FDA partially lifts dosing hold on Stoke Therapeutics' pediatric Dravet syndrome study
RNA player Stoke Therapeutics said Wednesday that the FDA partially lifted a clinical hold on a Phase I/IIa study in children and adolescents with Dravet syndrome, allowing the company to increase the tested dose of its lead drug.
Stoke spokesperson Dawn Kalmar tells Endpoints News the hold dates back to March 2020 when the company first got clearance to start Phase I/II studies testing candidate STK-001 in Dravet syndrome patients. The decision to put the partial hold in place was based on preclinical data, Kalmar added.
“At the time back in March of ‘20, they had limited dosing to 20 milligrams, multiple doses of 20 milligrams. Then in October of 2020, they allowed us to move to a 30 milligram dose. Then in September of 2021, they allowed us to move to a 45 milligram dose — and now we’re announcing that they’re allowing us to move to a 70 milligram dose, a single 70 milligram dose,” Kalmar said.
STK-001 is an antisense oligonucleotide candidate in the same class as Ionis and Biogen’s nusinersen, also known as Spinraza, for spinal muscular atrophy.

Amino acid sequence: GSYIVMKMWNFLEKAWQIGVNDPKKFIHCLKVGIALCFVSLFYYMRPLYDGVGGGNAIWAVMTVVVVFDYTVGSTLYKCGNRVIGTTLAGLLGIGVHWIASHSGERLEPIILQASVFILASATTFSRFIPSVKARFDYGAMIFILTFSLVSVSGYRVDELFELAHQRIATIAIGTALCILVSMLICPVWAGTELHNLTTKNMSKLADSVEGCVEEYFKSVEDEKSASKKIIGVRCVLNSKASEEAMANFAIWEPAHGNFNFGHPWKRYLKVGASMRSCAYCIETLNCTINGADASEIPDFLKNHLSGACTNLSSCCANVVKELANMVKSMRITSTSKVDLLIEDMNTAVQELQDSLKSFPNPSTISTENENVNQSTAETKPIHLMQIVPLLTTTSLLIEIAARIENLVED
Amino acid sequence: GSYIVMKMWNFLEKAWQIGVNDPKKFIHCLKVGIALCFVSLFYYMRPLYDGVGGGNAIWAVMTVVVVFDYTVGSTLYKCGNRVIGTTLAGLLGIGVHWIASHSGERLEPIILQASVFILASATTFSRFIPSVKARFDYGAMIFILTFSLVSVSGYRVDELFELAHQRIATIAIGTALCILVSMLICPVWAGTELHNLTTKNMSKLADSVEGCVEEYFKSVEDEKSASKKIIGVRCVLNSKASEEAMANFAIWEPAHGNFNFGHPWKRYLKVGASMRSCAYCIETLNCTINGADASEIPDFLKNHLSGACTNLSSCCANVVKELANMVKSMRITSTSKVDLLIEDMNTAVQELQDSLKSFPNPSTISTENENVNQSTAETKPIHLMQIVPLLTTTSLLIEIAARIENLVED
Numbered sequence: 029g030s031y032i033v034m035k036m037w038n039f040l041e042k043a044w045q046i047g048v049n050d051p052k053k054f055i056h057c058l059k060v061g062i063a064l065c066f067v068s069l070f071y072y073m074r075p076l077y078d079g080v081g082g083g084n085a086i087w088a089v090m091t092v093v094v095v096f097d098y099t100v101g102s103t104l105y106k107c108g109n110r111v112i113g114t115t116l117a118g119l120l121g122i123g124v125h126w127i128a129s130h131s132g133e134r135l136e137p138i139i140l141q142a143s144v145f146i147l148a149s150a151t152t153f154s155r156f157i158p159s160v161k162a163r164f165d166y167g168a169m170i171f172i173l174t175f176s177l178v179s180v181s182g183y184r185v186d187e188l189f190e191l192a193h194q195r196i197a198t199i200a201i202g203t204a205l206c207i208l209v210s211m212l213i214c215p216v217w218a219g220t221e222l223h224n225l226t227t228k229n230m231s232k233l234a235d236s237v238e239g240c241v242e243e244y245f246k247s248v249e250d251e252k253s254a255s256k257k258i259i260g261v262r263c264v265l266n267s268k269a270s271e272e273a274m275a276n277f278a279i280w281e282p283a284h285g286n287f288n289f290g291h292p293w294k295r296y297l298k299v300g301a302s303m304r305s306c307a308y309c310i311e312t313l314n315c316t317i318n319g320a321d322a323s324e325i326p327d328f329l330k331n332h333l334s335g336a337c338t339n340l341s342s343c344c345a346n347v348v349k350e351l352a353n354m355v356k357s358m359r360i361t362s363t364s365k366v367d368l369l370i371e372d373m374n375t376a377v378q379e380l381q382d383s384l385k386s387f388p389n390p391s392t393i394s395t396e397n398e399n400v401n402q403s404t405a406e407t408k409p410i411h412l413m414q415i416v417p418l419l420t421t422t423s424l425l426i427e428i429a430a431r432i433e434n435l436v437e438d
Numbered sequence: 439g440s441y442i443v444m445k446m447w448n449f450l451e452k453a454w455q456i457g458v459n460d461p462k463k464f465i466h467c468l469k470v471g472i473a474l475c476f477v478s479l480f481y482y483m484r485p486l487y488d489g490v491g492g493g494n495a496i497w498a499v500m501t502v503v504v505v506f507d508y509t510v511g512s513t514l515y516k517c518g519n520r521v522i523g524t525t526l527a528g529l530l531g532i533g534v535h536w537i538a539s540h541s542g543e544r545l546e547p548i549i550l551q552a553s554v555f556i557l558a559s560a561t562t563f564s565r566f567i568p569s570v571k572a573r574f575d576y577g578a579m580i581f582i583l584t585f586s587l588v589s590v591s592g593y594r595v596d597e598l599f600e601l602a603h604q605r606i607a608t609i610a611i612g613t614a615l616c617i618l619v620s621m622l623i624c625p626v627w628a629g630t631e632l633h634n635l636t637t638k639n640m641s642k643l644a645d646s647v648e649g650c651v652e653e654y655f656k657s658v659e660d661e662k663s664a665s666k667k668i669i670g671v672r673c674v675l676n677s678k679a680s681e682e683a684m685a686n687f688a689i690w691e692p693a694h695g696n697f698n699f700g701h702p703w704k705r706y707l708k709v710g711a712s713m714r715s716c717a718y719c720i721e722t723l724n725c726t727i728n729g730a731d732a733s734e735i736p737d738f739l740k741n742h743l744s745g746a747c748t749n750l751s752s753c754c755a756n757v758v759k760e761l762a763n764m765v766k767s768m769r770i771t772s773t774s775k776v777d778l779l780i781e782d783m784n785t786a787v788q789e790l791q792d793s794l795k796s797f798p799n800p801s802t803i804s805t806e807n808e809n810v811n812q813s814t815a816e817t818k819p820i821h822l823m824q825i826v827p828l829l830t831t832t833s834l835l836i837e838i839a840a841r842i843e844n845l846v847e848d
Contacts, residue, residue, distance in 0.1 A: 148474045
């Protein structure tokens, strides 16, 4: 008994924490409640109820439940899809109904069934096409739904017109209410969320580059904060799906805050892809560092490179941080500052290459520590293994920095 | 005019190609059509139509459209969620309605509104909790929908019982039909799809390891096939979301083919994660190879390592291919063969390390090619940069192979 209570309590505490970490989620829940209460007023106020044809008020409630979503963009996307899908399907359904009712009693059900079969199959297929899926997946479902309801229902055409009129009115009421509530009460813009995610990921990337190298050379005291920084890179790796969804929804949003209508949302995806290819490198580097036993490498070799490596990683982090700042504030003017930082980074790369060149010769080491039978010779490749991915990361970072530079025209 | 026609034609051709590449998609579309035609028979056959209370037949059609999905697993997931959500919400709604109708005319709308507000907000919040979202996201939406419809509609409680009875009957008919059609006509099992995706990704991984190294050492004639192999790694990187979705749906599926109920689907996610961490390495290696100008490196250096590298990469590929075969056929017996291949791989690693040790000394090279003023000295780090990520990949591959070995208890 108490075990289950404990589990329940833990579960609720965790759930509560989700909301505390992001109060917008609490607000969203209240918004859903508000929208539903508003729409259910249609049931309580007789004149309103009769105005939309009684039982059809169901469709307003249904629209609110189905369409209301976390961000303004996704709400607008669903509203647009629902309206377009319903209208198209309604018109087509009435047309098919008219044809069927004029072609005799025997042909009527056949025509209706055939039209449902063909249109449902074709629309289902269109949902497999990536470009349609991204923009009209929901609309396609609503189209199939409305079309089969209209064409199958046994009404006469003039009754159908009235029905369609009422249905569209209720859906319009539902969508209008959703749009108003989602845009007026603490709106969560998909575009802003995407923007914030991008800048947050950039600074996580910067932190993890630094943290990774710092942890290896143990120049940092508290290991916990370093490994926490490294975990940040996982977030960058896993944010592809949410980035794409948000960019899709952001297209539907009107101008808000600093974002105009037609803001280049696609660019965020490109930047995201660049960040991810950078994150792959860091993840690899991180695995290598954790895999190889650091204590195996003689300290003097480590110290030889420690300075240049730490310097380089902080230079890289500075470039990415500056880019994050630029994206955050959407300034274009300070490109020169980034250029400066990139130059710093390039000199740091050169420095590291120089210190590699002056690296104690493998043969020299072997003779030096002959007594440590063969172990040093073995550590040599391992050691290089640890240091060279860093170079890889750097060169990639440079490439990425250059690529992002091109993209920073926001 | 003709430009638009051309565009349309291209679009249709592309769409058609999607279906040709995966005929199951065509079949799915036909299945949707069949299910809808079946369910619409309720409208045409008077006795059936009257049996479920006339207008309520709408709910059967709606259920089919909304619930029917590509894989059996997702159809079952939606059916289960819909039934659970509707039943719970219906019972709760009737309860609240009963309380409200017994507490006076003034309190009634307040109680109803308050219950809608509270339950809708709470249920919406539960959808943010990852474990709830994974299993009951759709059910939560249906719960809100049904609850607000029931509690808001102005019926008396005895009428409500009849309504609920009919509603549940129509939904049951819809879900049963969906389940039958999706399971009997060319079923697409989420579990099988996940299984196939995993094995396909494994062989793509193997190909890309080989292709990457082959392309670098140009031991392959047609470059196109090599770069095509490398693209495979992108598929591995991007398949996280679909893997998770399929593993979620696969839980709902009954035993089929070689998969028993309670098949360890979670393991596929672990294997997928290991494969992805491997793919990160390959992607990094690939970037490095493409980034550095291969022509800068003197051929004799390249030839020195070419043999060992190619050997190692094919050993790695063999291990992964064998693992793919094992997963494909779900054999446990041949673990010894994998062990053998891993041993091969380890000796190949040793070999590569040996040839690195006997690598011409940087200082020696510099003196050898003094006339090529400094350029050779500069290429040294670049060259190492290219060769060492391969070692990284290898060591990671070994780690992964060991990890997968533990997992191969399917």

Kalmar added that the study has been ongoing since the hold, dosing patients in line with what the FDA’s hold required. And after turning in data from those dose levels, the FDA allowed Stoke to go to the next dosing level.
Dravet syndrome is a rare genetic epilepsy disorder characterized by frequent seizures in kids under 1 year of age. On top of developmental delays and sleeping disorders as additional symptoms, 10-20% of those with Dravet syndrome do not live beyond age 10.
The biotech has been conducting a sister study in the UK called ADMIRAL — which was initially approved at higher doses.
“We’ve been treating patients there with 30, and 45, and 70 milligrams in the UK,” Kalmar added.
Despite the update, shares of $STOK fell more than 8% after the market opened Wednesday morning.
Though some of the hold has been lifted, another part remains on the extension study, which is capped at 30 mg repeated dosing. The biotech is hoping it can finish the trial and move into Phase III sometime next year.
Stoke read out data from the trial last November, showing that a subgroup of six patients examined at 45 mg — who had all received three doses — had a median reduction of 55% in convulsive seizure frequency.